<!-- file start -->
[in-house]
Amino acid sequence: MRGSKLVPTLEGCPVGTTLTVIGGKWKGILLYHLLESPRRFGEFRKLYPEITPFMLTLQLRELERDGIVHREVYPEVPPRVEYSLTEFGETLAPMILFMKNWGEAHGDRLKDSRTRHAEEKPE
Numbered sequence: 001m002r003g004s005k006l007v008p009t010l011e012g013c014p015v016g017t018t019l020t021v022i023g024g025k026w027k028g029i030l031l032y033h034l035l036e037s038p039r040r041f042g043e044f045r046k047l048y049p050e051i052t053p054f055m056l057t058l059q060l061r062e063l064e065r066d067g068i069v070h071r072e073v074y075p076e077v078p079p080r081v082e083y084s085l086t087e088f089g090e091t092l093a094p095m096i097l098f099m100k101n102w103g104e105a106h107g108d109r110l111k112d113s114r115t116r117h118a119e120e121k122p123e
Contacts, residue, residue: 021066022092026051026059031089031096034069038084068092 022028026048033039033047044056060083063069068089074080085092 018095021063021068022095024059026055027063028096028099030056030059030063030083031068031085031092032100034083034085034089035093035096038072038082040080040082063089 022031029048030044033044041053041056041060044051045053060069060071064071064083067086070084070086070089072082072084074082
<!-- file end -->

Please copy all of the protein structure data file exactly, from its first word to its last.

[in-house]
Amino acid sequence: MRGSKLVPTLEGCPVGTTLTVIGGKWKGILLYHLLESPRRFGEFRKLYPEITPFMLTLQLRELERDGIVHREVYPEVPPRVEYSLTEFGETLAPMILFMKNWGEAHGDRLKDSRTRHAEEKPE
Numbered sequence: 001m002r003g004s005k006l007v008p009t010l011e012g013c014p015v016g017t018t019l020t021v022i023g024g025k026w027k028g029i030l031l032y033h034l035l036e037s038p039r040r041f042g043e044f045r046k047l048y049p050e051i052t053p054f055m056l057t058l059q060l061r062e063l064e065r066d067g068i069v070h071r072e073v074y075p076e077v078p079p080r081v082e083y084s085l086t087e088f089g090e091t092l093a094p095m096i097l098f099m100k101n102w103g104e105a106h107g108d109r110l111k112d113s114r115t116r117h118a119e120e121k122p123e
Contacts, residue, residue: 021066022092026051026059031089031096034069038084068092 022028026048033039033047044056060083063069068089074080085092 018095021063021068022095024059026055027063028096028099030056030059030063030083031068031085031092032100034083034085034089035093035096038072038082040080040082063089 022031029048030044033044041053041056041060044051045053060069060071064071064083067086070084070086070089072082072084074082